We present the calibration and reduction of Event Horizon Telescope (EHT) 1.3 mm radio wavelength observations of the supermassive black hole candidate at the center of the radio galaxy M87 and the quasar 3C 279, taken during the 2017 April 5–11 observing campaign. These global very long baseline interferometric observations include for the first time the highly sensitive Atacama Large Millimeter/submillimeter Array (ALMA); reaching an angular resolution of 25 μas, with characteristic sensitivity limits of ~1 mJy on baselines to ALMA and ~10 mJy on other baselines. The observations present challenges for existing data processing tools, arising from the rapid atmospheric phase fluctuations, wide recording bandwidth, and highly heterogeneous array. In response, we developed three independent pipelines for phase calibration and fringe detection, each tailored to the specific needs of the EHT. The final data products include calibrated total intensity amplitude and phase information. They are validated through a series of quality assurance tests that show consistency across pipelines and set limits on baseline systematic errors of 2% in amplitude and 1° in phase. The M87 data reveal the presence of two nulls in correlated flux density at ~3.4 and ~8.3 Gλ and temporal evolution in closure quantities, indicating intrinsic variability of compact structure on a timescale of days, or several light-crossing times for a few billion solar-mass black hole. These measurements provide the first opportunity to image horizon-scale structure in M87.
We present measurements of the properties of the central radio source in M87 using Event Horizon Telescope data obtained during the 2017 campaign. We develop and fit geometric crescent models (asymmetric rings with interior brightness depressions) using two independent sampling algorithms that consider distinct representations of the visibility data. We show that the crescent family of models is statistically preferred over other comparably complex geometric models that we explore. We calibrate the geometric model parameters using general relativistic magnetohydrodynamic (GRMHD) models of the emission region and estimate physical properties of the source. We further fit images generated from GRMHD models directly to the data. We compare the derived emission region and black hole parameters from these analyses with those recovered from reconstructed images. There is a remarkable consistency among all methods and data sets. We find that >50% of the total flux at arcsecond scales comes from near the horizon, and that the emission is dramatically suppressed interior to this region by a factor >10, providing direct evidence of the predicted shadow of a black hole. Across all methods, we measure a crescent diameter of 42 ± 3 μas and constrain its fractional width to be <0.5. Associating the crescent feature with the emission surrounding the black hole shadow, we infer an angular gravitational radius of GM/Dc2 = 3.8 ± 0.4 μas. Folding in a distance measurement of gives a black hole mass of . This measurement from lensed emission near the event horizon is consistent with the presence of a central Kerr black hole, as predicted by the general theory of relativity.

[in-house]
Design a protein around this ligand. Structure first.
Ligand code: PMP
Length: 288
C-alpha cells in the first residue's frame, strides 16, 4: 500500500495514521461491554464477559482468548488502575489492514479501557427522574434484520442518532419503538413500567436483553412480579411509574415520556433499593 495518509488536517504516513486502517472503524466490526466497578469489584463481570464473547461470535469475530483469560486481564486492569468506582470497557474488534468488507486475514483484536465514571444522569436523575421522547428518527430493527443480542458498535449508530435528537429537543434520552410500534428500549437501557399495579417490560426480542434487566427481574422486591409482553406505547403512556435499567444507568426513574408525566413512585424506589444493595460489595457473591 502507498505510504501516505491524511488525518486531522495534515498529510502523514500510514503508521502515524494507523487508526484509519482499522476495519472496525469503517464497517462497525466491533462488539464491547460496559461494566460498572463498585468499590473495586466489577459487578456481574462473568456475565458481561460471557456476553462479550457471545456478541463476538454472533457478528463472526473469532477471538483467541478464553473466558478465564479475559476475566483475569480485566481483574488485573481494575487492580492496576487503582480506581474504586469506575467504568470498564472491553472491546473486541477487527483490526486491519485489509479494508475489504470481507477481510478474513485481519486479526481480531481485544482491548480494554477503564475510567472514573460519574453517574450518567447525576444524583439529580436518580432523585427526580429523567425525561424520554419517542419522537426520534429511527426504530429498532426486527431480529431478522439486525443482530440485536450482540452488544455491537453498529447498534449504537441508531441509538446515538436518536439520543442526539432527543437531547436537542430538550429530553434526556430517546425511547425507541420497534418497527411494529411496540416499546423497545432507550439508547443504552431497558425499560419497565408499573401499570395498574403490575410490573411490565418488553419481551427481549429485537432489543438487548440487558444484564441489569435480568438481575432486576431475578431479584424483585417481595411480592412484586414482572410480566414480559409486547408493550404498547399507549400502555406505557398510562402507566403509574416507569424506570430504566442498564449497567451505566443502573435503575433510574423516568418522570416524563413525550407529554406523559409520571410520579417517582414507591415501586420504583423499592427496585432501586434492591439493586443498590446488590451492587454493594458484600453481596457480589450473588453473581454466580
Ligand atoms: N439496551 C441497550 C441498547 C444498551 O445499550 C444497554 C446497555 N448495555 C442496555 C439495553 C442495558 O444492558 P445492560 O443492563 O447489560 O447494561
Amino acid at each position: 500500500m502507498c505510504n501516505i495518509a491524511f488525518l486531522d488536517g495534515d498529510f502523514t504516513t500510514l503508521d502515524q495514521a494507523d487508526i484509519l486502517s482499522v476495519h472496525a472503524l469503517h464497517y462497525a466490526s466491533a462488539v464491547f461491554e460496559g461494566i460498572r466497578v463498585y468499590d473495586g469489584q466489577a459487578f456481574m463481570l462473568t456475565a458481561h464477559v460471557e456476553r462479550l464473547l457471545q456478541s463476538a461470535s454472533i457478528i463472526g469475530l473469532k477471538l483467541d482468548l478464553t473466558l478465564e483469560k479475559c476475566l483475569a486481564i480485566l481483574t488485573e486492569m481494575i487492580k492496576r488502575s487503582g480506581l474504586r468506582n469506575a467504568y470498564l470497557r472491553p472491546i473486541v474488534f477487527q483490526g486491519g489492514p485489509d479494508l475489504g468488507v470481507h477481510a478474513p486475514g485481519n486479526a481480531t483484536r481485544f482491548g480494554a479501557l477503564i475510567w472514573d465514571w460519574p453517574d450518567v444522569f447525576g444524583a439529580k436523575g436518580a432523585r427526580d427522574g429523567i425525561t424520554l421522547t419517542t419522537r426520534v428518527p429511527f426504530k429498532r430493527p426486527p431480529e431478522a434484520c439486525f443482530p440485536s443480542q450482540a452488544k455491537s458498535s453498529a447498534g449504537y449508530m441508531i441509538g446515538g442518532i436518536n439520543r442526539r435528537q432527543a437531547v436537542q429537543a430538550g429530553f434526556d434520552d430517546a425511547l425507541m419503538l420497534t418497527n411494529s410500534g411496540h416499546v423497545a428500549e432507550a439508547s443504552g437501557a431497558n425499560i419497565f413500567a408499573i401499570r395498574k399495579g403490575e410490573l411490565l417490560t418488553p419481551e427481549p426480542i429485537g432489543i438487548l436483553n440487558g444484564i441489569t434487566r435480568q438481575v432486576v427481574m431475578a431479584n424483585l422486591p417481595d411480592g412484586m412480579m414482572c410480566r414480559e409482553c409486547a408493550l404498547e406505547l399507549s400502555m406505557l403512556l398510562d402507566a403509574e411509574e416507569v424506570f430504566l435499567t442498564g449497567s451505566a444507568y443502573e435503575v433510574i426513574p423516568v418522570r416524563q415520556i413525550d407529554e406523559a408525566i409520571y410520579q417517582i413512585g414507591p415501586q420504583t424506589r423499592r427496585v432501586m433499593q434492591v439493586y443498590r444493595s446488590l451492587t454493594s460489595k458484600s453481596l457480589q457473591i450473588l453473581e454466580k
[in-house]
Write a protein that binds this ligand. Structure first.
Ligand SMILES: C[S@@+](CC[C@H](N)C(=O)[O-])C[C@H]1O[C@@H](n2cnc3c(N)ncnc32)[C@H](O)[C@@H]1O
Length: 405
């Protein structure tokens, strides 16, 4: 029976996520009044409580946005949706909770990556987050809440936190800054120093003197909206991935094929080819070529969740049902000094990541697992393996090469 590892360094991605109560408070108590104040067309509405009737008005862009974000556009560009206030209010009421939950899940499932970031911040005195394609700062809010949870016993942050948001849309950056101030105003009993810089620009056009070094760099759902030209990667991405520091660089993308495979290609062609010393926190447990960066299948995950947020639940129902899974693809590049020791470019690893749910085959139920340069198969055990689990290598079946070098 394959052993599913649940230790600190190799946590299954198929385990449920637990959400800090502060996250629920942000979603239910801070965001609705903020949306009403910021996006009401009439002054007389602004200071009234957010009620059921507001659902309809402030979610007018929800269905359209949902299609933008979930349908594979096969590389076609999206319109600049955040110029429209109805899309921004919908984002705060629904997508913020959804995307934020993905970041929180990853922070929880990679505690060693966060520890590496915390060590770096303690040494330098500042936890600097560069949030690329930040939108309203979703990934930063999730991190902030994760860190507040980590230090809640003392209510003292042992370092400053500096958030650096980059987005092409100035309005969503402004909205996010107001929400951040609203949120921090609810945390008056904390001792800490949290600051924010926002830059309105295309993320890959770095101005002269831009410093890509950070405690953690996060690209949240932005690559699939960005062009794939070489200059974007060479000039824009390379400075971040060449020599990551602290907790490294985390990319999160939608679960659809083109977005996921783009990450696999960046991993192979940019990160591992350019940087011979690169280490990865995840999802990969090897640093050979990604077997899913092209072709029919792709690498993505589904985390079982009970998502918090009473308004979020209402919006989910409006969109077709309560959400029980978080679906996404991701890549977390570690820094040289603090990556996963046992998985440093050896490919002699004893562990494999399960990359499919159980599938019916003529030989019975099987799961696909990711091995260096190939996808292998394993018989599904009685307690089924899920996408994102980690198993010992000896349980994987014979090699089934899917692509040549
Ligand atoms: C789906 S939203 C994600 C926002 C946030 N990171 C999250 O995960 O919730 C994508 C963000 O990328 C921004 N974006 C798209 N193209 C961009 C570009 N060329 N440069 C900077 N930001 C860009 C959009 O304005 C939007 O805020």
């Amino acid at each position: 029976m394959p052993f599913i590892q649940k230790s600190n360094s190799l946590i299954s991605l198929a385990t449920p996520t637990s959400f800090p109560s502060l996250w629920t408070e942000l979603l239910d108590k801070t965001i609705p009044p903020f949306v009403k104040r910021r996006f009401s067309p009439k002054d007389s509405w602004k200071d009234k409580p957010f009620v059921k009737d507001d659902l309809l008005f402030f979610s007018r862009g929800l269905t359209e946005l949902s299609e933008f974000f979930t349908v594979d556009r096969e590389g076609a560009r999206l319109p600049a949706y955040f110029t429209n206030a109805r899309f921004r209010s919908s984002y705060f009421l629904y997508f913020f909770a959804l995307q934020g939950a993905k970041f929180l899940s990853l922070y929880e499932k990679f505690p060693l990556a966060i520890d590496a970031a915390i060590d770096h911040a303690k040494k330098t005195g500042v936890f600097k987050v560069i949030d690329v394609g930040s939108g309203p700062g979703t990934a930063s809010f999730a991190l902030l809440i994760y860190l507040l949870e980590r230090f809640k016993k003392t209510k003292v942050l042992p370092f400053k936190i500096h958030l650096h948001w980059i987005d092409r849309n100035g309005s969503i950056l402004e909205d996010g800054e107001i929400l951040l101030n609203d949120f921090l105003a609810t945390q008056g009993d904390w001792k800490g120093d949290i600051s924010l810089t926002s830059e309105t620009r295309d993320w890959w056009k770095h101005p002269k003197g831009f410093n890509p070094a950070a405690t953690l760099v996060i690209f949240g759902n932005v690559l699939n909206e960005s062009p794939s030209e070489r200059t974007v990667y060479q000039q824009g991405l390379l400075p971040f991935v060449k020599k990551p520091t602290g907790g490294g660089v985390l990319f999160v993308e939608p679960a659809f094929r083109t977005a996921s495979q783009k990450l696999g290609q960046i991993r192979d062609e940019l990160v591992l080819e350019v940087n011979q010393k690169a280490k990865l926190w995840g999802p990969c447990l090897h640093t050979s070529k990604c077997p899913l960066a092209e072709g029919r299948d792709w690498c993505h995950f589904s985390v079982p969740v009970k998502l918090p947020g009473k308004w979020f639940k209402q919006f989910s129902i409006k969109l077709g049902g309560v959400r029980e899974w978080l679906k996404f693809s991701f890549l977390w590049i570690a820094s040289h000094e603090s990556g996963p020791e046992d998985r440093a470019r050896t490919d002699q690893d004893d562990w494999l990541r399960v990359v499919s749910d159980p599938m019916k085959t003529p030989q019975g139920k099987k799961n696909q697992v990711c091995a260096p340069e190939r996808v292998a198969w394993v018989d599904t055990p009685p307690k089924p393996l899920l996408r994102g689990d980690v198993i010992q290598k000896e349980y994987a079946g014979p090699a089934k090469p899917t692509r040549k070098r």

The Event Horizon Telescope (EHT) has mapped the central compact radio source of the elliptical galaxy M87 at 1.3 mm with unprecedented angular resolution. Here we consider the physical implications of the asymmetric ring seen in the 2017 EHT data. To this end, we construct a large library of models based on general relativistic magnetohydrodynamic (GRMHD) simulations and synthetic images produced by general relativistic ray tracing. We compare the observed visibilities with this library and confirm that the asymmetric ring is consistent with earlier predictions of strong gravitational lensing of synchrotron emission from a hot plasma orbiting near the black hole event horizon. The ring radius and ring asymmetry depend on black hole mass and spin, respectively, and both are therefore expected to be stable when observed in future EHT campaigns. Overall, the observed image is consistent with expectations for the shadow of a spinning Kerr black hole as predicted by general relativity. If the black hole spin and M87's large scale jet are aligned, then the black hole spin vector is pointed away from Earth. Models in our library of non-spinning black holes are inconsistent with the observations as they do not produce sufficiently powerful jets. At the same time, in those models that produce a sufficiently powerful jet, the latter is powered by extraction of black hole spin energy through mechanisms akin to the Blandford-Znajek process. We briefly consider alternatives to a black hole for the central compact object. Analysis of existing EHT polarization data and data taken simultaneously at other wavelengths will soon enable new tests of the GRMHD models, as will future EHT campaigns at 230 and 345 GHz.